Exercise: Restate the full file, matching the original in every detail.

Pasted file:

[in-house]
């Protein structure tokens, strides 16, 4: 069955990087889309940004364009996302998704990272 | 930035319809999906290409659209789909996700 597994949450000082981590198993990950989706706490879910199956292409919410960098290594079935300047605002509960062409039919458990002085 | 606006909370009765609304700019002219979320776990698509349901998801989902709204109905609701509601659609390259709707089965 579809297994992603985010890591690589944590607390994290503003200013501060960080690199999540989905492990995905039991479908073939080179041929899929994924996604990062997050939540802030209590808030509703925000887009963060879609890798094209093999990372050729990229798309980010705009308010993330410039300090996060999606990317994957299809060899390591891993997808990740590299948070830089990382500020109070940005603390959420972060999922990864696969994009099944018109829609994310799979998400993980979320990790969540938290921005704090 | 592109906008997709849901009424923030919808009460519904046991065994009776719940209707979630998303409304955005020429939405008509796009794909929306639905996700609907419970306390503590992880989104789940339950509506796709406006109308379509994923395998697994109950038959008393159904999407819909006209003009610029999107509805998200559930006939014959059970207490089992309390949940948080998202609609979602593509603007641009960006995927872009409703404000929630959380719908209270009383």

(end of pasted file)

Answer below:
[in-house]
């Protein structure tokens, strides 16, 4: 069955990087889309940004364009996302998704990272 | 930035319809999906290409659209789909996700 597994949450000082981590198993990950989706706490879910199956292409919410960098290594079935300047605002509960062409039919458990002085 | 606006909370009765609304700019002219979320776990698509349901998801989902709204109905609701509601659609390259709707089965 579809297994992603985010890591690589944590607390994290503003200013501060960080690199999540989905492990995905039991479908073939080179041929899929994924996604990062997050939540802030209590808030509703925000887009963060879609890798094209093999990372050729990229798309980010705009308010993330410039300090996060999606990317994957299809060899390591891993997808990740590299948070830089990382500020109070940005603390959420972060999922990864696969994009099944018109829609994310799979998400993980979320990790969540938290921005704090 | 592109906008997709849901009424923030919808009460519904046991065994009776719940209707979630998303409304955005020429939405008509796009794909929306639905996700609907419970306390503590992880989104789940339950509506796709406006109308379509994923395998697994109950038959008393159904999407819909006209003009610029999107509805998200559930006939014959059970207490089992309390949940948080998202609609979602593509603007641009960006995927872009409703404000929630959380719908209270009383």